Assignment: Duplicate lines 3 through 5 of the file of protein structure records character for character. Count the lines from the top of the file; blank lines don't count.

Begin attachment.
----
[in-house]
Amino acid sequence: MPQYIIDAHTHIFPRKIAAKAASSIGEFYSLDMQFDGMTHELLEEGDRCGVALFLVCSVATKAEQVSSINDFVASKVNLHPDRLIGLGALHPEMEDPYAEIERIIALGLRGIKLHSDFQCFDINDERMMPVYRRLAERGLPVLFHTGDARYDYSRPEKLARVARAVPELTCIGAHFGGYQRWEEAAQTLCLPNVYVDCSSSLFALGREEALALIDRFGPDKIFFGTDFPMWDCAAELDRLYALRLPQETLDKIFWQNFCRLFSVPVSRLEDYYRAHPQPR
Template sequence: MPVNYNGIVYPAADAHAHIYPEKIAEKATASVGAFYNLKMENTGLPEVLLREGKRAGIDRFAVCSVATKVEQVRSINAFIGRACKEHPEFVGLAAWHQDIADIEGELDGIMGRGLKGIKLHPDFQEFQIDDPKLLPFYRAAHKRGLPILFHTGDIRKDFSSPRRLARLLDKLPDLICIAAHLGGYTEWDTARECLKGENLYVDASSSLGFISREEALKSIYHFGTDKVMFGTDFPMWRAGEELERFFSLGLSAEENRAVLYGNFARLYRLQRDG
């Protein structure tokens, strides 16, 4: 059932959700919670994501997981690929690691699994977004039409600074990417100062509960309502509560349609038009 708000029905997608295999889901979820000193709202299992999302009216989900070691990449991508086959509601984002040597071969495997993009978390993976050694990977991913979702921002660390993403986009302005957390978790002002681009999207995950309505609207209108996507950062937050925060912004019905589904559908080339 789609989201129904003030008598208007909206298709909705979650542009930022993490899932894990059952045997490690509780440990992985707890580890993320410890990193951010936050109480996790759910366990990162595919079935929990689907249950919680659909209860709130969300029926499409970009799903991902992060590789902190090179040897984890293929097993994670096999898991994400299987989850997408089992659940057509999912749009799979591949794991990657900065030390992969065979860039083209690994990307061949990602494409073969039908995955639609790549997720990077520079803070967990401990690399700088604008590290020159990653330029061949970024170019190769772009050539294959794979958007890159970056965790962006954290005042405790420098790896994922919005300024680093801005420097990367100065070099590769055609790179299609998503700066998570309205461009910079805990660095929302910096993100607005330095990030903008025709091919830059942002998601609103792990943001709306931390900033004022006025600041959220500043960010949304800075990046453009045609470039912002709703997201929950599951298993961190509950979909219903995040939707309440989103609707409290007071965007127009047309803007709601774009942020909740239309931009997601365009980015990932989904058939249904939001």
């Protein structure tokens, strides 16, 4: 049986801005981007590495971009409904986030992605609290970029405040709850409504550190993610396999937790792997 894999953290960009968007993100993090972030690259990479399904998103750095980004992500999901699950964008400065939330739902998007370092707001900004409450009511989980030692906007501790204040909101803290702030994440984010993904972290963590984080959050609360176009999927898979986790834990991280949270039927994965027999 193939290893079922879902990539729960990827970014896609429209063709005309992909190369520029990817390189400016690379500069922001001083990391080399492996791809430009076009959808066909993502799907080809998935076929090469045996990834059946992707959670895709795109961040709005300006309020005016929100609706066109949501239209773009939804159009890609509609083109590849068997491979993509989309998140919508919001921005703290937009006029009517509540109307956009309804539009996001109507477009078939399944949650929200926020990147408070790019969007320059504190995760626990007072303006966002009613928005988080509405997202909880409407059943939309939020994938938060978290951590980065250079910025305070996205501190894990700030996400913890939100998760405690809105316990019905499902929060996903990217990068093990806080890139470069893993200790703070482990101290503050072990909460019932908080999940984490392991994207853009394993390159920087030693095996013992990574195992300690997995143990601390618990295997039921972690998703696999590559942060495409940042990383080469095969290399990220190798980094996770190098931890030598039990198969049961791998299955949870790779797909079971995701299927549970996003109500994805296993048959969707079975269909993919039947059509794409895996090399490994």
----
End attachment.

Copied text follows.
Template sequence: MPVNYNGIVYPAADAHAHIYPEKIAEKATASVGAFYNLKMENTGLPEVLLREGKRAGIDRFAVCSVATKVEQVRSINAFIGRACKEHPEFVGLAAWHQDIADIEGELDGIMGRGLKGIKLHPDFQEFQIDDPKLLPFYRAAHKRGLPILFHTGDIRKDFSSPRRLARLLDKLPDLICIAAHLGGYTEWDTARECLKGENLYVDASSSLGFISREEALKSIYHFGTDKVMFGTDFPMWRAGEELERFFSLGLSAEENRAVLYGNFARLYRLQRDG
């Protein structure tokens, strides 16, 4: 059932959700919670994501997981690929690691699994977004039409600074990417100062509960309502509560349609038009 708000029905997608295999889901979820000193709202299992999302009216989900070691990449991508086959509601984002040597071969495997993009978390993976050694990977991913979702921002660390993403986009302005957390978790002002681009999207995950309505609207209108996507950062937050925060912004019905589904559908080339 789609989201129904003030008598208007909206298709909705979650542009930022993490899932894990059952045997490690509780440990992985707890580890993320410890990193951010936050109480996790759910366990990162595919079935929990689907249950919680659909209860709130969300029926499409970009799903991902992060590789902190090179040897984890293929097993994670096999898991994400299987989850997408089992659940057509999912749009799979591949794991990657900065030390992969065979860039083209690994990307061949990602494409073969039908995955639609790549997720990077520079803070967990401990690399700088604008590290020159990653330029061949970024170019190769772009050539294959794979958007890159970056965790962006954290005042405790420098790896994922919005300024680093801005420097990367100065070099590769055609790179299609998503700066998570309205461009910079805990660095929302910096993100607005330095990030903008025709091919830059942002998601609103792990943001709306931390900033004022006025600041959220500043960010949304800075990046453009045609470039912002709703997201929950599951298993961190509950979909219903995040939707309440989103609707409290007071965007127009047309803007709601774009942020909740239309931009997601365009980015990932989904058939249904939001």
């Protein structure tokens, strides 16, 4: 049986801005981007590495971009409904986030992605609290970029405040709850409504550190993610396999937790792997 894999953290960009968007993100993090972030690259990479399904998103750095980004992500999901699950964008400065939330739902998007370092707001900004409450009511989980030692906007501790204040909101803290702030994440984010993904972290963590984080959050609360176009999927898979986790834990991280949270039927994965027999 193939290893079922879902990539729960990827970014896609429209063709005309992909190369520029990817390189400016690379500069922001001083990391080399492996791809430009076009959808066909993502799907080809998935076929090469045996990834059946992707959670895709795109961040709005300006309020005016929100609706066109949501239209773009939804159009890609509609083109590849068997491979993509989309998140919508919001921005703290937009006029009517509540109307956009309804539009996001109507477009078939399944949650929200926020990147408070790019969007320059504190995760626990007072303006966002009613928005988080509405997202909880409407059943939309939020994938938060978290951590980065250079910025305070996205501190894990700030996400913890939100998760405690809105316990019905499902929060996903990217990068093990806080890139470069893993200790703070482990101290503050072990909460019932908080999940984490392991994207853009394993390159920087030693095996013992990574195992300690997995143990601390618990295997039921972690998703696999590559942060495409940042990383080469095969290399990220190798980094996770190098931890030598039990198969049961791998299955949870790779797909079971995701299927549970996003109500994805296993048959969707079975269909993919039947059509794409895996090399490994």